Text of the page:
In September of 2008, we blogged about a curious change in Wikipedia that we didn't know how to explain that we had known for a while, and the ASC group has been looking into understanding this change in the last 6-9 months or so. The change that we were curious about was that the growth rates of Wikipedia have slowed. We were not the only ones wondering about this change. The Economist (archived here), for example, wrote about it.
We are about to publish a paper in WikiSym 2009 on this topic, and I thought we should start to blog about what we found.
Monthly edits and identified revert activity
The conventional wisdom about many Web-related growth processes is that they're fundamentally exponential in nature. That is, if you want some fixed amount of time, the content size and number of participants will double. Indeed, prior research on Wikipedia has characterized the growth in content and editors as being fundamentally exponential in nature. Some have claimed that Wikipedia article growth is exponential because there is an exponential growth in the number of editors contributing to Wikipedia . Current research show that Wikipedia growth rate has slowed, and has in fact plateaued (See figure at right). Since about March of 2007, the growth pattern is clearly not exponential. What has changed, and how should we modify our thinking about how Wikipedia works? Prior research had assumed Wikipedia works on a "edit begets edit" model (That is, a preferential attachment model where the more an article gets edits, the more likely it would receive more edits, and thus resulting in exponential growth .) Such a model does not preclude some ultimate limitation to growth, although at the time it was presented  there was an apparent trend of unconstrained article growth.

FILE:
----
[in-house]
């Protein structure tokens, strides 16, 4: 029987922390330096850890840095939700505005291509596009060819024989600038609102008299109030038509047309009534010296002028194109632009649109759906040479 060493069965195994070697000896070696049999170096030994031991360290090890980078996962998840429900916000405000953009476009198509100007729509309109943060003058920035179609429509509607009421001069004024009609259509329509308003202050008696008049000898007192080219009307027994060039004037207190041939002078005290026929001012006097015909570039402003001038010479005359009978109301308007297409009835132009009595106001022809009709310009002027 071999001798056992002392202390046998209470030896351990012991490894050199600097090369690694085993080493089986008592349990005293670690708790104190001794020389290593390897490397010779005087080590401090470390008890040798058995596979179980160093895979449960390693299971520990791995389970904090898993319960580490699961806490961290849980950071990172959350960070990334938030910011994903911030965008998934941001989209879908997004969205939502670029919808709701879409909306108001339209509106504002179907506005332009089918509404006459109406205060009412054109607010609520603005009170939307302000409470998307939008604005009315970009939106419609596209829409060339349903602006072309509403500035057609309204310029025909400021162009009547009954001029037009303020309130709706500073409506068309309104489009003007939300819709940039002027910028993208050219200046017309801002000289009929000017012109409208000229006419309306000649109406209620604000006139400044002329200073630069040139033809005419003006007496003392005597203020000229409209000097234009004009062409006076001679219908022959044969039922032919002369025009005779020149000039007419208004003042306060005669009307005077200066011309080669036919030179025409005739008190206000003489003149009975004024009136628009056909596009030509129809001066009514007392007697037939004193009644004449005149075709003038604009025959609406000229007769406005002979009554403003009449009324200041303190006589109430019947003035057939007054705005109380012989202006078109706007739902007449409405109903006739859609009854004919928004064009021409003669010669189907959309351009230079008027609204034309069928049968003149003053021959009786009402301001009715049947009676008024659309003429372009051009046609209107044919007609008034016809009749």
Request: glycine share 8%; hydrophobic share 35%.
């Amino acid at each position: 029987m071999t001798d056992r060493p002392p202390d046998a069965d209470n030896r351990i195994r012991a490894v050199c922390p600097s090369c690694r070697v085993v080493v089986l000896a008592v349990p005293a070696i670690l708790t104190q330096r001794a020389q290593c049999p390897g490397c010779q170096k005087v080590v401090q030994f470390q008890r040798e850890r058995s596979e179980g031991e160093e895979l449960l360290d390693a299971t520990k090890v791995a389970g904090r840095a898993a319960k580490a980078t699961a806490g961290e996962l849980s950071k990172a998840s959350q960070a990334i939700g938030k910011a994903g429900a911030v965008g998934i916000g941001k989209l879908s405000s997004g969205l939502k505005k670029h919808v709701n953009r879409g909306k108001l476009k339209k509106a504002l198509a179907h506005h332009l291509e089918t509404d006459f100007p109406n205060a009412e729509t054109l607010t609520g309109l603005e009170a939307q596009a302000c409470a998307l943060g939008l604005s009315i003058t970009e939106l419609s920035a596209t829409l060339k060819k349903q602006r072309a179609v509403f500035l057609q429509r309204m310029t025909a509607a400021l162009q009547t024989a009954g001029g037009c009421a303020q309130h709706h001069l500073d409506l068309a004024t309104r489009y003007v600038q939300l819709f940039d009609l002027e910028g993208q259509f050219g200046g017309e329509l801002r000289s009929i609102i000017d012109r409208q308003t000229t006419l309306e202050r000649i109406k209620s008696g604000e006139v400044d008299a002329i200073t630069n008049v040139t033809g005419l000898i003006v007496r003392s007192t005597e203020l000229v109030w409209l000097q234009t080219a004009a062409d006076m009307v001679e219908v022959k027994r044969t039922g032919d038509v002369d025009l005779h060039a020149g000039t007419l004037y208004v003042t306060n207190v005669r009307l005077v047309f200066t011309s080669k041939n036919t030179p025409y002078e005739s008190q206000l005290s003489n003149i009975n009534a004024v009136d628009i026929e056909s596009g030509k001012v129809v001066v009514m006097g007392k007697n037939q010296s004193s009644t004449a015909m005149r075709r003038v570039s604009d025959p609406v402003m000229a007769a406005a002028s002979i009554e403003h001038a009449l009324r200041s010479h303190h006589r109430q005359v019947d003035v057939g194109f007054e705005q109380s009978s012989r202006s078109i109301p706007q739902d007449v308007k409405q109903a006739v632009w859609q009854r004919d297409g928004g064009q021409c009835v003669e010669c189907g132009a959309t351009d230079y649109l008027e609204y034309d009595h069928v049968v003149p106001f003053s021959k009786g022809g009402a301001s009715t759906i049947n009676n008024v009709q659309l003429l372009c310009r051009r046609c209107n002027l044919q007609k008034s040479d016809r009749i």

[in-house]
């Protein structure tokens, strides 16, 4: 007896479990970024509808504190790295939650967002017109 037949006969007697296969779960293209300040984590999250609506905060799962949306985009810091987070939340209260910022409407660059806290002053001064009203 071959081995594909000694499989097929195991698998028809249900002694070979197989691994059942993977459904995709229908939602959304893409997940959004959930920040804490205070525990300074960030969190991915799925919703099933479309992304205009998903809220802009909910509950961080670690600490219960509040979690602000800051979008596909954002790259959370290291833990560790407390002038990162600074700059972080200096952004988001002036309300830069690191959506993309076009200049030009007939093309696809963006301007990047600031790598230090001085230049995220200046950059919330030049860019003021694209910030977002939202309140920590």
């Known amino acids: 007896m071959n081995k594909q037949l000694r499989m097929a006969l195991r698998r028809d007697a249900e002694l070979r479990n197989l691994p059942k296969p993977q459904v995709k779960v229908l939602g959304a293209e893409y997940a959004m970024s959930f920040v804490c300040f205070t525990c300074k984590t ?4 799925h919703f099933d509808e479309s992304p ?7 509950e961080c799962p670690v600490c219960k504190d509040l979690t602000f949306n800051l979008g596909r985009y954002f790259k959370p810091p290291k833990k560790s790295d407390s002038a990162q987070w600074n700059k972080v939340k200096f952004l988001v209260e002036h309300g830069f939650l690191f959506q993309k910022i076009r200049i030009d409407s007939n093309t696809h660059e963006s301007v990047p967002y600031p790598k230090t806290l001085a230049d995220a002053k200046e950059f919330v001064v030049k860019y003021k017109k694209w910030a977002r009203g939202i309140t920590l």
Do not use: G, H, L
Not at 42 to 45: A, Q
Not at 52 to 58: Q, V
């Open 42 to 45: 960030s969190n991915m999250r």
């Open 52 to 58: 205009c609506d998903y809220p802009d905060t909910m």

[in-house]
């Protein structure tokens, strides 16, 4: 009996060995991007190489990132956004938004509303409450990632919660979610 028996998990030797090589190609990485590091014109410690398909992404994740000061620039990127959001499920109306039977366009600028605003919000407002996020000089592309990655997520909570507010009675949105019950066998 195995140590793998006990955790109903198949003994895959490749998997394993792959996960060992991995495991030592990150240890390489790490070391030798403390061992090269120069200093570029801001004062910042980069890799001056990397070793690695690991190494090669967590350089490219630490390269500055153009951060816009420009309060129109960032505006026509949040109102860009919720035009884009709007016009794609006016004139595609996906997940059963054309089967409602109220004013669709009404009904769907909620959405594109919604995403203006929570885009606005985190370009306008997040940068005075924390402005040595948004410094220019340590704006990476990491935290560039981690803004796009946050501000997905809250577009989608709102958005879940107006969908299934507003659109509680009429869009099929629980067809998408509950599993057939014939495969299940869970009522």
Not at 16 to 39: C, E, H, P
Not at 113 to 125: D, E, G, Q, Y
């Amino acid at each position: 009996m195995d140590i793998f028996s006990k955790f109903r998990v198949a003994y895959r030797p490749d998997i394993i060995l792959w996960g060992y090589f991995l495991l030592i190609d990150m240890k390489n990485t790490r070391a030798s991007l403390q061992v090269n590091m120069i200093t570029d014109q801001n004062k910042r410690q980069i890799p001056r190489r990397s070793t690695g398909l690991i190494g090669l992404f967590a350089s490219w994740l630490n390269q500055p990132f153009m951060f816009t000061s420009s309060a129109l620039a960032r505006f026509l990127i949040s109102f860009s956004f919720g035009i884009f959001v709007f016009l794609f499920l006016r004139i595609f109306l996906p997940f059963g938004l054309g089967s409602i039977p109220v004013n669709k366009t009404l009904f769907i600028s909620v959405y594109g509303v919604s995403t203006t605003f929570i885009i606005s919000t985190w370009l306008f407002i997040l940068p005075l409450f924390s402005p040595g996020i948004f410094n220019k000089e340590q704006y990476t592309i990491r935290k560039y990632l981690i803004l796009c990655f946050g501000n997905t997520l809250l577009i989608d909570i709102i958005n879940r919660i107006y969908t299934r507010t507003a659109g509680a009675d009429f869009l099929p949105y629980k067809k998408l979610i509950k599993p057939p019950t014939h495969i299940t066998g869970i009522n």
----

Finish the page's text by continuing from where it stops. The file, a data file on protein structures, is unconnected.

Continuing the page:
Monthly active editor - number of users who have edited at least once in that month
The number of active editors show exactly the same pattern. The 2nd figure on the right shows how since its peak in March 2007 (820,532), the number of monthly active editors in Wikipedia has been fluctuating between 650,000 and 810,000. This finding suggests that the conclusion in  may not be valid anymore. We have a different process going on in Wikipedia now.
Article growth per month in Wikipedia. Smoothed curves are growth rate predicted by logistic growth bounded at a maximum of 3, 3.5, and 4 million articles.
Some Wikipedians have modeled the recent data, and believe that a logistic model is a much better way to think about content growth. Figure here shows that article growth reached a peak in 2007-2008 and has been on the decline since then. This result is consistent with a growth processes that hits a constraint – for instance, due to resource limitations in systems. For example, microbes grown in culture will eventually stop duplicating when nutrients run out. Rather than exponential growth, such systems display logistic growth.
We will continue to blog about what we believe might be happening in the next few weeks, as we find time to summarize the results.
 Almeida, R.B.m, Mozafari, B., and Cho, J., On the evolution of Wikipedia. ICWSM 2007, Boulder, Co., 2007.
 Spinellis, D., and Panagiotis, L. The collaborative organizations of knowledge. Communications of the ACM, 51(8), 68-73, 2008.